Characterizing Internal Porosity of 3D-Printed Fiber Reinforced Materials

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Mattingly, Frye L.
Franc, Alan
Kunc, Vlastimil
Duty, Chad

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University of Texas at Austin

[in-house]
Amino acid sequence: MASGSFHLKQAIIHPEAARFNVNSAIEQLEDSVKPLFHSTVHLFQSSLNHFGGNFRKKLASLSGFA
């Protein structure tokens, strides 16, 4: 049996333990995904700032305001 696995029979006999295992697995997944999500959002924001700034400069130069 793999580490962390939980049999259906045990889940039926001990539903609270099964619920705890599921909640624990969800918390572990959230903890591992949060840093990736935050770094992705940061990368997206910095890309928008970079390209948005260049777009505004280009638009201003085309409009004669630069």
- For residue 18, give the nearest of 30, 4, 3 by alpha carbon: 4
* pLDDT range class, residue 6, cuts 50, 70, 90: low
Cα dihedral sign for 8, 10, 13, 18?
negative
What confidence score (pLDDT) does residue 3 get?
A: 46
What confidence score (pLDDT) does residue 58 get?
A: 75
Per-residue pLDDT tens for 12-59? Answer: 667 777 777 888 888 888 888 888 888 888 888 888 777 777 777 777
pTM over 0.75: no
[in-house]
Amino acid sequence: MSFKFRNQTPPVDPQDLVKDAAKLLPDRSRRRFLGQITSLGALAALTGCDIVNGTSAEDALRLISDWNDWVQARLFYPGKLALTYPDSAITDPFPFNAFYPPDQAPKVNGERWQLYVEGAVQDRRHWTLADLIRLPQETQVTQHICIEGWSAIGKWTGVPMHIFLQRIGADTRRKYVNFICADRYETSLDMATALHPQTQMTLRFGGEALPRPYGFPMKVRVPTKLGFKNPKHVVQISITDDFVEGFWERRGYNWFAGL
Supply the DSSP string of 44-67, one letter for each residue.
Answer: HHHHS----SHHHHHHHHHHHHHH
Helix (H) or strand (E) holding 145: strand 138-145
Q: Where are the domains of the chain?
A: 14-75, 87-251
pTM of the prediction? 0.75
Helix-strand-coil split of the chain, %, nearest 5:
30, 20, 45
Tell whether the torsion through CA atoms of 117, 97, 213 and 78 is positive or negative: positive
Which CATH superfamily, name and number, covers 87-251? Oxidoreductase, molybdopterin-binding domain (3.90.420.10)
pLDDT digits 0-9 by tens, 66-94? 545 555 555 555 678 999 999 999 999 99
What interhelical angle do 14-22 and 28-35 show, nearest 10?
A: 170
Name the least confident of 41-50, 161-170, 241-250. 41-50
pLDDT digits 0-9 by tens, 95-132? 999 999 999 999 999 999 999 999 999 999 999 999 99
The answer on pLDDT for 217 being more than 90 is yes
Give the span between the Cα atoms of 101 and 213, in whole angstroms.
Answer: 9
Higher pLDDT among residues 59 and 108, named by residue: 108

As the functional requirements for 3D printed parts become more demanding, the use of fiber reinforced materials in material extrusion printers is increasingly common. Although fiber-reinforced thermoplastics offer higher stiffness and strength, the internal volume of the extruded material often has a high degree of porosity which can negatively impact mechanical properties. This research surveys the internal porosity present across a range of material extrusion additive manufacturing platforms, primarily those involving a single screw extruder, such as the Big Area Additive Manufacturing (BAAM) system. The porosity within the volume of an extruded bead was quantified through image analysis of cross sectional micrographs. The impact of extrusion rate, transient vs steady state flow, multiple hardware configurations, and material conditions were evaluated. Across the five systems studied porosities ranged from 0.1% to 18.4% with the greatest reductions in porosity coming from two systems that added a vent to the extruder barrel which lowered porosity 64% in one case and 98% in the other.


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